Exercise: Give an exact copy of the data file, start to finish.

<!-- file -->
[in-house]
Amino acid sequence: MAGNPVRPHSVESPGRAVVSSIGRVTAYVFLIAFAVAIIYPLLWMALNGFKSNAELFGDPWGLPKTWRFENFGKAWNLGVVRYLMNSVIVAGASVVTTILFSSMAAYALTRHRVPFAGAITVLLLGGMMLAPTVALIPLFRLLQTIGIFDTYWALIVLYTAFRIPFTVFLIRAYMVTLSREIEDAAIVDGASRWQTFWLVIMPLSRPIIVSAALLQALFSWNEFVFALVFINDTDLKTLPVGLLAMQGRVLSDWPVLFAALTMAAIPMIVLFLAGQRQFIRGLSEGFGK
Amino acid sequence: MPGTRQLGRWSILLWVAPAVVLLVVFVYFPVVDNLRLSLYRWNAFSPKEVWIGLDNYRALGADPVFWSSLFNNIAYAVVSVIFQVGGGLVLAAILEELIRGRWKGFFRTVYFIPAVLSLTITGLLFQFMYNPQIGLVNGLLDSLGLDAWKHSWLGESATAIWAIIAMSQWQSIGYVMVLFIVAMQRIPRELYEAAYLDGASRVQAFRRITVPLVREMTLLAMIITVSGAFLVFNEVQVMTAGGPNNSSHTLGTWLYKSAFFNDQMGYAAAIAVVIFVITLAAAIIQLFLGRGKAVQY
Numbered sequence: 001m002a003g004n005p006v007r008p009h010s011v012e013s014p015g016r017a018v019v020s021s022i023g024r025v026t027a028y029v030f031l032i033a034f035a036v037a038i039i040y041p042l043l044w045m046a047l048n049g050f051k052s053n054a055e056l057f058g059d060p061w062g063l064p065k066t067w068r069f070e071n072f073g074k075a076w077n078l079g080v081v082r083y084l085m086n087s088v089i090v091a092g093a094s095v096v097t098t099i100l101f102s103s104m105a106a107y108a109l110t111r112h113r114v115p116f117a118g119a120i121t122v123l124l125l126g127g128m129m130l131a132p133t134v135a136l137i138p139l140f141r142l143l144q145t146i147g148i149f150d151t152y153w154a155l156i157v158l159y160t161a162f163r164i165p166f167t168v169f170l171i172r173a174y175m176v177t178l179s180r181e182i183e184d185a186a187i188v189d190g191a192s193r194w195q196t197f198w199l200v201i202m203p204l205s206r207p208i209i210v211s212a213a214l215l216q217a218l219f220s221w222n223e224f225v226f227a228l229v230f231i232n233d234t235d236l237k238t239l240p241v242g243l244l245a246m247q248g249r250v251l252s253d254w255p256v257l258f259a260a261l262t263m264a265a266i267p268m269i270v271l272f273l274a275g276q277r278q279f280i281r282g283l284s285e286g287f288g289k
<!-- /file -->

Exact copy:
[in-house]
Amino acid sequence: MAGNPVRPHSVESPGRAVVSSIGRVTAYVFLIAFAVAIIYPLLWMALNGFKSNAELFGDPWGLPKTWRFENFGKAWNLGVVRYLMNSVIVAGASVVTTILFSSMAAYALTRHRVPFAGAITVLLLGGMMLAPTVALIPLFRLLQTIGIFDTYWALIVLYTAFRIPFTVFLIRAYMVTLSREIEDAAIVDGASRWQTFWLVIMPLSRPIIVSAALLQALFSWNEFVFALVFINDTDLKTLPVGLLAMQGRVLSDWPVLFAALTMAAIPMIVLFLAGQRQFIRGLSEGFGK
Amino acid sequence: MPGTRQLGRWSILLWVAPAVVLLVVFVYFPVVDNLRLSLYRWNAFSPKEVWIGLDNYRALGADPVFWSSLFNNIAYAVVSVIFQVGGGLVLAAILEELIRGRWKGFFRTVYFIPAVLSLTITGLLFQFMYNPQIGLVNGLLDSLGLDAWKHSWLGESATAIWAIIAMSQWQSIGYVMVLFIVAMQRIPRELYEAAYLDGASRVQAFRRITVPLVREMTLLAMIITVSGAFLVFNEVQVMTAGGPNNSSHTLGTWLYKSAFFNDQMGYAAAIAVVIFVITLAAAIIQLFLGRGKAVQY
Numbered sequence: 001m002a003g004n005p006v007r008p009h010s011v012e013s014p015g016r017a018v019v020s021s022i023g024r025v026t027a028y029v030f031l032i033a034f035a036v037a038i039i040y041p042l043l044w045m046a047l048n049g050f051k052s053n054a055e056l057f058g059d060p061w062g063l064p065k066t067w068r069f070e071n072f073g074k075a076w077n078l079g080v081v082r083y084l085m086n087s088v089i090v091a092g093a094s095v096v097t098t099i100l101f102s103s104m105a106a107y108a109l110t111r112h113r114v115p116f117a118g119a120i121t122v123l124l125l126g127g128m129m130l131a132p133t134v135a136l137i138p139l140f141r142l143l144q145t146i147g148i149f150d151t152y153w154a155l156i157v158l159y160t161a162f163r164i165p166f167t168v169f170l171i172r173a174y175m176v177t178l179s180r181e182i183e184d185a186a187i188v189d190g191a192s193r194w195q196t197f198w199l200v201i202m203p204l205s206r207p208i209i210v211s212a213a214l215l216q217a218l219f220s221w222n223e224f225v226f227a228l229v230f231i232n233d234t235d236l237k238t239l240p241v242g243l244l245a246m247q248g249r250v251l252s253d254w255p256v257l258f259a260a261l262t263m264a265a266i267p268m269i270v271l272f273l274a275g276q277r278q279f280i281r282g283l284s285e286g287f288g289k